The following information is from the NEA publication Nuclear Energy Data, the annual compilation of official statistics and country reports on nuclear energy in OECD member countries.
|Country||Number of nuclear power plants connected to the grid||Nuclear electricity generation (net TWh)||Nuclear percentage of total electricity supply|
|OECD Total||311||1 856.8||17.6|
|NEA Total||352||2 062.6||17.9|
An energy transition policy was announced in October 2017, outlining a long-term fading out of nuclear power. The new policy also stipulates that coal power plants over 30 years of age should be shut down and that the share of renewable energy should be expanded to 20% of total electricity generation by 2030.
The ongoing construction of Shin-Kori units 5 and 6 was highlighted during the public debate on nuclear energy in 2017. In July, the government launched an ad hoc committee to gather public opinions on the fate of the NPP construction projects that are already 30% complete. After three months of committee activities, including surveying public opinions and selecting citizen jurors, the committee made the recommendation to the government to resume the construction of Shin-Kori 5 and 6. Four hundred and seventy-one civilian jurors voted and 59.5% supported resuming construction while 40.5% opposed it.
Korea nevertheless maintains activities to further international collaboration in order to promote the peaceful uses of nuclear science and technology. The government actively supports the transfer of Korea's technology to other countries in accordance with the global non-proliferation framework. The exportation of nuclear technology covers advanced power reactors, small modular reactors (SMRs) and diverse applications.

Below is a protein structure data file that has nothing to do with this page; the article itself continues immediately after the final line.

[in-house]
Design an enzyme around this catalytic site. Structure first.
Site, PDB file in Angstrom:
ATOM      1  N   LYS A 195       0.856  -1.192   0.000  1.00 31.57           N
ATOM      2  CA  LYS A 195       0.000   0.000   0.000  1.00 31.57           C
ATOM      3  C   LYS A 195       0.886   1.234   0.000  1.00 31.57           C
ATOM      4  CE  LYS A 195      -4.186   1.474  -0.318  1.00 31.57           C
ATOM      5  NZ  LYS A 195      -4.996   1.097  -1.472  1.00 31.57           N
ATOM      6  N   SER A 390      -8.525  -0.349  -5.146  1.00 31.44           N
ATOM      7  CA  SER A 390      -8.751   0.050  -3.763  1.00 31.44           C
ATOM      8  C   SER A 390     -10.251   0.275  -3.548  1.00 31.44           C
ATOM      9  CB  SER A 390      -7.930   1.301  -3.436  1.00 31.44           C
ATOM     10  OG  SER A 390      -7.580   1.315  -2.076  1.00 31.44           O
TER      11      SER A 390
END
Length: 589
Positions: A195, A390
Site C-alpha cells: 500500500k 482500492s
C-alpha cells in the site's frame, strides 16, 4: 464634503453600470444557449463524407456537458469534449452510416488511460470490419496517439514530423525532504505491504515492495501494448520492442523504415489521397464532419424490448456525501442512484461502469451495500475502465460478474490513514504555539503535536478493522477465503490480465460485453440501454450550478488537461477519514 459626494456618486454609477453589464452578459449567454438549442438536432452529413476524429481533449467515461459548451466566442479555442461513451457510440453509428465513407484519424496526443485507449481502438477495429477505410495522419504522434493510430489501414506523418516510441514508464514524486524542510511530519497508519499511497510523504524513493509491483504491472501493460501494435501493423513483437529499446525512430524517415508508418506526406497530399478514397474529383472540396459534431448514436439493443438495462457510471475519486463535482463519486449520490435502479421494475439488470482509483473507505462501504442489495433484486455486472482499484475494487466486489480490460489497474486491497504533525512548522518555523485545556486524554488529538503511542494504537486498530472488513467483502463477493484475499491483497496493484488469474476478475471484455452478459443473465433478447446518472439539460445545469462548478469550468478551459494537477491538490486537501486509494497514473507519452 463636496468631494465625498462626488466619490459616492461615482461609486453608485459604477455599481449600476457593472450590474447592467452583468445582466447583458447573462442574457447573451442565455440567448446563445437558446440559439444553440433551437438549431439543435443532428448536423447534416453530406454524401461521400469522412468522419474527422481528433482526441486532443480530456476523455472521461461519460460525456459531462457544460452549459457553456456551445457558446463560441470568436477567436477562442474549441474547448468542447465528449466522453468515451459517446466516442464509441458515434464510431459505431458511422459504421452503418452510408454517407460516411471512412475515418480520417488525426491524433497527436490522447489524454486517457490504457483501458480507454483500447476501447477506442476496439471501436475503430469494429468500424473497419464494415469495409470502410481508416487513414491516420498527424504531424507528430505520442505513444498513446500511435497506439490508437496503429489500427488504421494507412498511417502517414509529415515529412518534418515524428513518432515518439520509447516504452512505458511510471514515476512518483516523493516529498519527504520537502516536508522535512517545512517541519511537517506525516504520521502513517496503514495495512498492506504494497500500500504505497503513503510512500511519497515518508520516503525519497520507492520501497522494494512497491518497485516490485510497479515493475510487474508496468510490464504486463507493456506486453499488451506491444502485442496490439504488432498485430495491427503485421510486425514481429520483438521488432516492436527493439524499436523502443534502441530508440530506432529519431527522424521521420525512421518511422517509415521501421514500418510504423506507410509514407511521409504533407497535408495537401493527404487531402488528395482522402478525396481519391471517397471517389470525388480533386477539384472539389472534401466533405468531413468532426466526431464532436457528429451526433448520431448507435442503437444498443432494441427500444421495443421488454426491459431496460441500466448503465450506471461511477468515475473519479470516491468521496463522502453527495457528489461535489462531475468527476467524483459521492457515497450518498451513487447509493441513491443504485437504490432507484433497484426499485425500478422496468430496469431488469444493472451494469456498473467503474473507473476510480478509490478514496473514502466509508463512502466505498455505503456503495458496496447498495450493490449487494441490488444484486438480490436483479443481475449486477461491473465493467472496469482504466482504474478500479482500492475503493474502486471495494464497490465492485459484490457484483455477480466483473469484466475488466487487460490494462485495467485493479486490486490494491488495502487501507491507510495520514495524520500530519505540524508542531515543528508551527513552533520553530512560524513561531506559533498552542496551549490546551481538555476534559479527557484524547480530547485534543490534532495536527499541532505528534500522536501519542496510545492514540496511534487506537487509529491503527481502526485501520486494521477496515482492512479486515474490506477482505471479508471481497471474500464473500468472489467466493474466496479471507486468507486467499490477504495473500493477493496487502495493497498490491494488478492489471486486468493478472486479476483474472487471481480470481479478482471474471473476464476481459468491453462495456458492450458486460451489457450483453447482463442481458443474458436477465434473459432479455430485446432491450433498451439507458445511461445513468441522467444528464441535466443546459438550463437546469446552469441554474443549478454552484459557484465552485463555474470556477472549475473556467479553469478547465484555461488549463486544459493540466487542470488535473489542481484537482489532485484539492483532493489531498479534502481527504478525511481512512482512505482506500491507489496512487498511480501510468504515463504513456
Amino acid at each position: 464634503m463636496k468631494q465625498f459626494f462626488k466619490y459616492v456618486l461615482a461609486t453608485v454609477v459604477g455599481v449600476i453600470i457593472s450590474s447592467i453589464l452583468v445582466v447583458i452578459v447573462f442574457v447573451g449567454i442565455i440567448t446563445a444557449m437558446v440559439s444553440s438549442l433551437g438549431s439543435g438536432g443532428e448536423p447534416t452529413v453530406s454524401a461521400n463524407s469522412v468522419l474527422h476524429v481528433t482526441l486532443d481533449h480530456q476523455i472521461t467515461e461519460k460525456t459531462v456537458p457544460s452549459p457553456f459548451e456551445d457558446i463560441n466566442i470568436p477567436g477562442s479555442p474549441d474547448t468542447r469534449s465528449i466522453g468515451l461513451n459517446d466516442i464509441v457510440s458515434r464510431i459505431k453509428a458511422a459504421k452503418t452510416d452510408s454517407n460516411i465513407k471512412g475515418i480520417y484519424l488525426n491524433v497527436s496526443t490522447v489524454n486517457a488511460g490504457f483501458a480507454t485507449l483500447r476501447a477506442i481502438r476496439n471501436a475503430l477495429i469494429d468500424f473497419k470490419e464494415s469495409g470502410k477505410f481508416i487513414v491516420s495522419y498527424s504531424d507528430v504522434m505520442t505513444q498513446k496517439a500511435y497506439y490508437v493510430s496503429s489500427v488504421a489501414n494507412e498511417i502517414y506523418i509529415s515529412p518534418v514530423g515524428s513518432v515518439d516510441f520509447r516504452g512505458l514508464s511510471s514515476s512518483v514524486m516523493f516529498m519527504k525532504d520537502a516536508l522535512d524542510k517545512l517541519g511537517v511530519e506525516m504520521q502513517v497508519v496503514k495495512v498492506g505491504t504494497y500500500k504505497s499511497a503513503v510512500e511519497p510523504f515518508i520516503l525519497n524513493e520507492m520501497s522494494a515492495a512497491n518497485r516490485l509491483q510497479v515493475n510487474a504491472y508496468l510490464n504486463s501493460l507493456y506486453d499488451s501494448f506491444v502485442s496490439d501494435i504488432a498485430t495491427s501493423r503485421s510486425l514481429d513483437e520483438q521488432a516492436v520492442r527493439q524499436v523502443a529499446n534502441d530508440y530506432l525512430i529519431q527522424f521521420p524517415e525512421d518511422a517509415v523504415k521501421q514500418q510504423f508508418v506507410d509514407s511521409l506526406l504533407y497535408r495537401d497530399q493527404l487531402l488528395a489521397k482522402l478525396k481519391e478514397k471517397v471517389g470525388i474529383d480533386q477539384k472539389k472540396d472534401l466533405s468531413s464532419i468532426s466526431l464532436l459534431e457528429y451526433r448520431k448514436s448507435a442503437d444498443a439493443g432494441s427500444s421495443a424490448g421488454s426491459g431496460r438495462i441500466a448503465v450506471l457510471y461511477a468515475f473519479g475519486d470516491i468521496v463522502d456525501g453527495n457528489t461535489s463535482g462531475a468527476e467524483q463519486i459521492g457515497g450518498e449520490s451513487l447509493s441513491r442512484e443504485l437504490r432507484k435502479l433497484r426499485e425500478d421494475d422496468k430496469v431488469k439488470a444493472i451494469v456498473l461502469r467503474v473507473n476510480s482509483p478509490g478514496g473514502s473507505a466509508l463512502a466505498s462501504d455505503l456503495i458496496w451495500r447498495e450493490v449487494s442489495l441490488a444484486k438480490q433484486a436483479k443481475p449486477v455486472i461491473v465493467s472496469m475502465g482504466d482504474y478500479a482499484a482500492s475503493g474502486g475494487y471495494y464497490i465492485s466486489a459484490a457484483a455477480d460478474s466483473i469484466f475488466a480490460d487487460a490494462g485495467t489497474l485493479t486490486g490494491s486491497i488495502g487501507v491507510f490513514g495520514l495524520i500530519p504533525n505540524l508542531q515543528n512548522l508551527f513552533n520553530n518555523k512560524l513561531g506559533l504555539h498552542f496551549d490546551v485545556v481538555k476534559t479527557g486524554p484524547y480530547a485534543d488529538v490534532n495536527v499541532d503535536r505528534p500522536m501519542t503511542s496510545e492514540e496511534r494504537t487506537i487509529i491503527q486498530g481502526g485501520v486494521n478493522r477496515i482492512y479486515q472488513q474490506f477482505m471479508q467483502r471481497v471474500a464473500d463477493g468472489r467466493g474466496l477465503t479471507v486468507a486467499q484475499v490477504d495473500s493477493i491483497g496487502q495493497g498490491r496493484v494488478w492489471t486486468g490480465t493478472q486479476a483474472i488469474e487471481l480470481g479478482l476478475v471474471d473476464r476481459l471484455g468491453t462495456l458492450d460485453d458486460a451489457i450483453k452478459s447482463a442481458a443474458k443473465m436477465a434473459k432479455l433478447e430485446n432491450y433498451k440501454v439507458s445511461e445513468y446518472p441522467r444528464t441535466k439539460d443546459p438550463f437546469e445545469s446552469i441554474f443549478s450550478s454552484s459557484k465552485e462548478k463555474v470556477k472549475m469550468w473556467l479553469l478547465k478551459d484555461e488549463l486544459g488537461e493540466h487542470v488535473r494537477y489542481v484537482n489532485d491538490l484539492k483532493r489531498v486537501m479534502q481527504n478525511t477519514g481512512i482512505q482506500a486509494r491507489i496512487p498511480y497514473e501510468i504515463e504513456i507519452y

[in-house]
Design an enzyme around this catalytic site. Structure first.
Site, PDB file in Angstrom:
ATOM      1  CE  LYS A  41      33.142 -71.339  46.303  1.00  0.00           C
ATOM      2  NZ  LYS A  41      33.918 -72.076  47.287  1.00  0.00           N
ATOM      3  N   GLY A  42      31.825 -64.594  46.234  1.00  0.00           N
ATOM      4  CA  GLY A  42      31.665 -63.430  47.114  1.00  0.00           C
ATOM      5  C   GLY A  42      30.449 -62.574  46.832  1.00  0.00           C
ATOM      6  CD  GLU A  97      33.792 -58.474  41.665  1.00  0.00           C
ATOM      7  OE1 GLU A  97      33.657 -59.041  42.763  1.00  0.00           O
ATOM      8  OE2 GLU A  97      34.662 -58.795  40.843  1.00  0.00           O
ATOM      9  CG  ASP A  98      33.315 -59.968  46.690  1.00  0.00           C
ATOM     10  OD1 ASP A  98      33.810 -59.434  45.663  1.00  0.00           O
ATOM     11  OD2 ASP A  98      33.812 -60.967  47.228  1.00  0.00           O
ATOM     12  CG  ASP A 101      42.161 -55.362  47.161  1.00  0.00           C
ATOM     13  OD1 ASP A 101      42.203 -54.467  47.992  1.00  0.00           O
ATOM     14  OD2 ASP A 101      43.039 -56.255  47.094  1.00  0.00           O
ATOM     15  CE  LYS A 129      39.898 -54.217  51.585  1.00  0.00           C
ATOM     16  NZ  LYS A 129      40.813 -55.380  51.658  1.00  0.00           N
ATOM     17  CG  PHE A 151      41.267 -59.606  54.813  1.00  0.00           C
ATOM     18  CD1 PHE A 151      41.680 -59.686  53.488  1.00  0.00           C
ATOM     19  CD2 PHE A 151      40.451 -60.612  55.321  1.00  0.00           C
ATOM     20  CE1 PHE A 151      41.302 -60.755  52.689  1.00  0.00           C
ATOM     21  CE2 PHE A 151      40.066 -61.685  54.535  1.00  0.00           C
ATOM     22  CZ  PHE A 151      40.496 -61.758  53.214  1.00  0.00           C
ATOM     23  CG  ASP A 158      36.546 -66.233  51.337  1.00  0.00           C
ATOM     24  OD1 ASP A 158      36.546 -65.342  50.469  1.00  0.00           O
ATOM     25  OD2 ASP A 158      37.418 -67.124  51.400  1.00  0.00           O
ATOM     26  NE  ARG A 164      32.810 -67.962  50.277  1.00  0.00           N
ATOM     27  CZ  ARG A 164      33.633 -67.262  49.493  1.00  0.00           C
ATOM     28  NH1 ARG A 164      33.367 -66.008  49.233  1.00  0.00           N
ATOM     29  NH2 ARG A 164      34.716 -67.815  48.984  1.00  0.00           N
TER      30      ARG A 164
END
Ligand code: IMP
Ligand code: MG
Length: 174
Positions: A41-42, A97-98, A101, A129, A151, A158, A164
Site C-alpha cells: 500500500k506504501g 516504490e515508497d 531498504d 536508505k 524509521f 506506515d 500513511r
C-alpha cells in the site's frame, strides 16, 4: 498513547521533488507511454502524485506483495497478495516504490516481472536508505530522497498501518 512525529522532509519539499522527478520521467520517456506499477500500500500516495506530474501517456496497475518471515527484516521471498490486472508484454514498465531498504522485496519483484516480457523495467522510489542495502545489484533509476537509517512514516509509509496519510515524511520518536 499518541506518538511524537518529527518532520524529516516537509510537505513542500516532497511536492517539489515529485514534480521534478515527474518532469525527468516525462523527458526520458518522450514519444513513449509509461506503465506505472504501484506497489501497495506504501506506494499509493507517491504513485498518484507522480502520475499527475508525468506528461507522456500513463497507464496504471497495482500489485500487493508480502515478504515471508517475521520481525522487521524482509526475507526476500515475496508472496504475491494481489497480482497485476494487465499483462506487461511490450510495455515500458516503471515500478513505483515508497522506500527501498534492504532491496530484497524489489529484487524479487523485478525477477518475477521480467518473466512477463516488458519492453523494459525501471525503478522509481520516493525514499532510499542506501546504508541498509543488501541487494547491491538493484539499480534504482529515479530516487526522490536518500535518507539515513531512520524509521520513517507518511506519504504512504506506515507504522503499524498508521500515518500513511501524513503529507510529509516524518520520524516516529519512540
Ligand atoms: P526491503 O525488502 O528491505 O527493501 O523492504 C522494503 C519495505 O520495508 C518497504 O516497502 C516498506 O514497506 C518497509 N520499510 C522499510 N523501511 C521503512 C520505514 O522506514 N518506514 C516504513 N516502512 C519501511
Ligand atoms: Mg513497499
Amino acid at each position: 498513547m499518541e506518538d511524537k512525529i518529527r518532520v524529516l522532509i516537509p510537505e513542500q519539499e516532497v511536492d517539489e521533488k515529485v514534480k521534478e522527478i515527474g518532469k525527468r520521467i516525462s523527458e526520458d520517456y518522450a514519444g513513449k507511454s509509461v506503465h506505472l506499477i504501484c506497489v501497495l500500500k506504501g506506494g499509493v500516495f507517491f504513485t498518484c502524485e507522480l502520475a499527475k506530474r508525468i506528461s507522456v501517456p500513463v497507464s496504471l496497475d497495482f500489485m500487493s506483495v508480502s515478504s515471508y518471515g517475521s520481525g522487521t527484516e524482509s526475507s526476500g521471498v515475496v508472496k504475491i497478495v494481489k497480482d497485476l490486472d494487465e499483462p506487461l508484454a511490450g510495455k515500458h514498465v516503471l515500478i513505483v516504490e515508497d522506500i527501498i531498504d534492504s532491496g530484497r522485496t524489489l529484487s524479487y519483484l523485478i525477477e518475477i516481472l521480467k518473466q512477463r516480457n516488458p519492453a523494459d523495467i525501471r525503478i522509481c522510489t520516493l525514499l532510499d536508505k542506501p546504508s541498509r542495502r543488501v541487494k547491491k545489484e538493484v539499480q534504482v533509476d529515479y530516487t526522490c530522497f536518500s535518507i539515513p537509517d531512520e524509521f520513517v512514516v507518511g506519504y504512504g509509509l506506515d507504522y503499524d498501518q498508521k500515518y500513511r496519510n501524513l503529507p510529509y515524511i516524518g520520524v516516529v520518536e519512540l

The total number of power plants in operation in Korea has reached 24, with an installed capacity of 22.5 GWe, accounting for 30.3% of the country's total generating capacity in 2017. Five nuclear power plants are currently under construction, and the earliest grid connection of Shin-Kori unit 4 is expected to occur in September 2018.
The first nuclear power plant in Korea, the 580 megawatt Kori unit 1, was permanently shut down in June 2017. It began commercial operation in April 1978, and its first life extension was approved in 2007.
Coinciding with the permanent shutdown of Kori unit 1 in June 2017, the Nuclear Safety and Security Commission (NSSC) developed regulatory guides for safety reviews and inspections, and prepared regulations for decommissioning preparation activities during transition periods.
As a follow-up action from the earthquake in Gyeong-ju in 2016, 23 anti-seismic measures, including the enhancement of the earthquake response system, were established. A total of 10 measures have been completed and 13 more will be carried out by 2021.
In response to concerns over the high regional density of NPPs, the NSSC is making an effort to enhance the response capability for simultaneous accidents at multiple units through a probabilistic approach. A multi-unit probabilistic risk assessment (PSA) R&D programme for the development of a regulatory framework for on-site risk was also launched.
As a follow-up to the Basic Plan for Low-and-Intermediate Level Radioactive Waste (LILW) Management and the Basic Plan for High-Level Radioactive Waste (HLW) Management, which were established in 2015 and in 2016 respectively by the Ministry of Trade, Industry and Energy (MOTIE), a mid- and long-term strategic plan for R&D on radioactive waste management was set up in February 2017 in order to develop the technologies required to carry out radioactive waste management projects.
Since the first LILW disposal facility started its operation in 2015, approximately 19 624 drums (200 litres in size) have been accepted and about 12 457 drums have been disposed of.
Source: Nuclear Energy Data 2018